Many investors buy a gold bullion ETF to capitalize on gold’s price movements. So what is a gold ETF vs. bullion and how does buying an ETF differ from actually buying physical gold?
A gold bullion ETF is simply an exchange traded fund that tracks the price of physical gold. If the price of gold goes up 10%, the ETF will go up the same proportion and if the gold price goes down 10%, again the ETF will follow. Each ETF share normally represents one-tenth of an ounce of gold bullion.
Now before deciding to buy a physical gold ETF, there are a few things you should know about them. Firstly, like all ETFs there is a MER (management expense ratio) involved to cover the costs of managing the fund. Luckily however the fee is typically very low (~0.4%) compared to other types of funds.
Another key point about an ETF gold bullion share is that unlike buying physical gold coins or bars, you don’t actually own physical gold by owning a gold ETF share. Yes, you own shares in gold, but not the gold itself. Is that a problem? Well yes and no. It’s not a problem at all if all you’re wanting to do is profit from price movements in gold. In fact buying a physical gold ETF is perfect for capitalizing on gold price movements since like all ETFs, it’s simply a stock traded on a major stock exchange which can be bought and sold easily. However, if your primary reason for buying gold is to hedge yourself from a large wide-scale monetary crises, you would be wise to consider buying physical gold bullion rather than the ETF, or at least in addition to it.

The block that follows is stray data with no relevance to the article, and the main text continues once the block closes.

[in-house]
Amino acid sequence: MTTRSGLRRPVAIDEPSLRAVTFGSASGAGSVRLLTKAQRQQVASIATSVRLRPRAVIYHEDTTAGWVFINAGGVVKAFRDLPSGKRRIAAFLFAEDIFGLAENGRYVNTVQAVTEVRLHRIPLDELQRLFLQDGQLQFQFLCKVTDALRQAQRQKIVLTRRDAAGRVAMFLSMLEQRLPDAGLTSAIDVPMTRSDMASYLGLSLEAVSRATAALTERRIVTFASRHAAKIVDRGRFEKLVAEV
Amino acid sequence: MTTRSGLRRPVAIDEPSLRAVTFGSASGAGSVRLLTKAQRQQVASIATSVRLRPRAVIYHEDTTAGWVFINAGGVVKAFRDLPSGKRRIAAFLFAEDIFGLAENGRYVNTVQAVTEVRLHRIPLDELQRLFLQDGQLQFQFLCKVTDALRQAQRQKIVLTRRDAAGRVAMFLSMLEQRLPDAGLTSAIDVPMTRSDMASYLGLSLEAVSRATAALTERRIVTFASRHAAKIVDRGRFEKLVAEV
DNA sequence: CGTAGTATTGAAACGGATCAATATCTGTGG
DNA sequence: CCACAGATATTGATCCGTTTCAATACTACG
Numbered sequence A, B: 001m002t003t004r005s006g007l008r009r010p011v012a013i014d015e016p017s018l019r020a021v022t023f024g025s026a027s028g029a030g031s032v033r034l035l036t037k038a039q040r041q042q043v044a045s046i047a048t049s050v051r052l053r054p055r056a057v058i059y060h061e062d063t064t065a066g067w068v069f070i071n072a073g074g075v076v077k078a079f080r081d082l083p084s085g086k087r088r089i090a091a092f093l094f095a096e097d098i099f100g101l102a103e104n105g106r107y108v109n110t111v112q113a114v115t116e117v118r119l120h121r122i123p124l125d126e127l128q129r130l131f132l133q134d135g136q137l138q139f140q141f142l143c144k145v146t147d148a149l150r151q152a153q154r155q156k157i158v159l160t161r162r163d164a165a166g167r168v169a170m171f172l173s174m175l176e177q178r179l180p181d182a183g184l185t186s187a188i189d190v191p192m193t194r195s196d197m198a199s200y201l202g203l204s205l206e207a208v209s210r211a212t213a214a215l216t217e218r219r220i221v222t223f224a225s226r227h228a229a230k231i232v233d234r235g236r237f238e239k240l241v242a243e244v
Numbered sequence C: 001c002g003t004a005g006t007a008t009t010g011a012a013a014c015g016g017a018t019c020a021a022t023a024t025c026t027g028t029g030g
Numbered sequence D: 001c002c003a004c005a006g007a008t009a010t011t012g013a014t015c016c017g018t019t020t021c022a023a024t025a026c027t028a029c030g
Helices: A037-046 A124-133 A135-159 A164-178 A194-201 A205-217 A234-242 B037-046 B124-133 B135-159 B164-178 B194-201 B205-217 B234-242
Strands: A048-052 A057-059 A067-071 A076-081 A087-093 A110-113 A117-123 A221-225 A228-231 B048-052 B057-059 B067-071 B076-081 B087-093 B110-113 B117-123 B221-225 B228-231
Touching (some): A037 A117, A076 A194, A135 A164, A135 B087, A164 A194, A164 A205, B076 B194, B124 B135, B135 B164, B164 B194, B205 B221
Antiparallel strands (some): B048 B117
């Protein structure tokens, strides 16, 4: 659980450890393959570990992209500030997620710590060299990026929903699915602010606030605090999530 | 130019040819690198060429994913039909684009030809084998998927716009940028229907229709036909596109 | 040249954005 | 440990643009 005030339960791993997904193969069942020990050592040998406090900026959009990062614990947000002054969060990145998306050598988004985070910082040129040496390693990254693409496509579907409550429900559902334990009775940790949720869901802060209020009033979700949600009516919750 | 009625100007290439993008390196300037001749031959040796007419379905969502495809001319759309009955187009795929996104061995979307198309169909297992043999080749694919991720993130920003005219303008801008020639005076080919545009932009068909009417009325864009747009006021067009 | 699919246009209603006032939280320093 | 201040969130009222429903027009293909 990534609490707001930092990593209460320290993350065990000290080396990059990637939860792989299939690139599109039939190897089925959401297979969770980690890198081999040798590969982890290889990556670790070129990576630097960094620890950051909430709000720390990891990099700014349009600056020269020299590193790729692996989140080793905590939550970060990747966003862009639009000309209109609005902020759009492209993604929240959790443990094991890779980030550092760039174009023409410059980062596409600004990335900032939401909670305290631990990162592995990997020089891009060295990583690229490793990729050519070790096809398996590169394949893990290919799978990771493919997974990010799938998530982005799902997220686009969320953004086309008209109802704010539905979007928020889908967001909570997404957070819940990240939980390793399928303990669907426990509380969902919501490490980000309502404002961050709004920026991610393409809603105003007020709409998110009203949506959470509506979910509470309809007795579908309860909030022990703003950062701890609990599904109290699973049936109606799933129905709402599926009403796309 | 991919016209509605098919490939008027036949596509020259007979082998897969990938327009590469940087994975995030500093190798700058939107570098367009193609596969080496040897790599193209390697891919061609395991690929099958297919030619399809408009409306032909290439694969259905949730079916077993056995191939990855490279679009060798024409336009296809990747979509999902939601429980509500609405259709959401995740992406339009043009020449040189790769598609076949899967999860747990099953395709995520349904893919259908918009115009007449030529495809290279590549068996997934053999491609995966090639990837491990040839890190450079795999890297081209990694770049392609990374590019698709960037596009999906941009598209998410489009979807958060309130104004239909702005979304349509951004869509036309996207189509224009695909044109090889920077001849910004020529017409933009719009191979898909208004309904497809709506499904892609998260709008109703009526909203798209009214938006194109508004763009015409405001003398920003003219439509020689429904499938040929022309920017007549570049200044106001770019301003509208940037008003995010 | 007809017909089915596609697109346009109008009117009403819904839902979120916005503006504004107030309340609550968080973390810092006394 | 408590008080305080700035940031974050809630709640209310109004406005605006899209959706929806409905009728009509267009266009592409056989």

The reason I say this is because if there was a large scale monetary crises in the US, let alone worldwide, it’s very possible the banking institutions that are controlling these Gold Bullion ETFs could become bankrupt or insolvent. As a result they would likely end up liquidating the ETF and you would end up with no gold bullion and very little cash for your shares, if any.
Now I’m not saying this is likely to happen, but if you’re a gold bug, you have to consider why you are wanting to own gold and I’m sure one of the main reasons is to hedge your risk from fiat currencies.
So now that you understand the distinction between owning gold bullion and owning a gold ETF, here are the main gold bullion ETFs available on the market:
StreetTRACKS SPDR Gold Trust (NYSE: GLD) – By far the most liquid gold ETF available on the US market.
iShares COMEX Gold Trust (NYSE: IAU) – Another good alternative gold ETF investment vehicle.
ETFS Physical Swiss Gold Shares (NYSE: SGOL) – A newly launched (Sept, 2009) gold ETF that distinguishes itself from the others by holding it’s physical gold in Switzerland.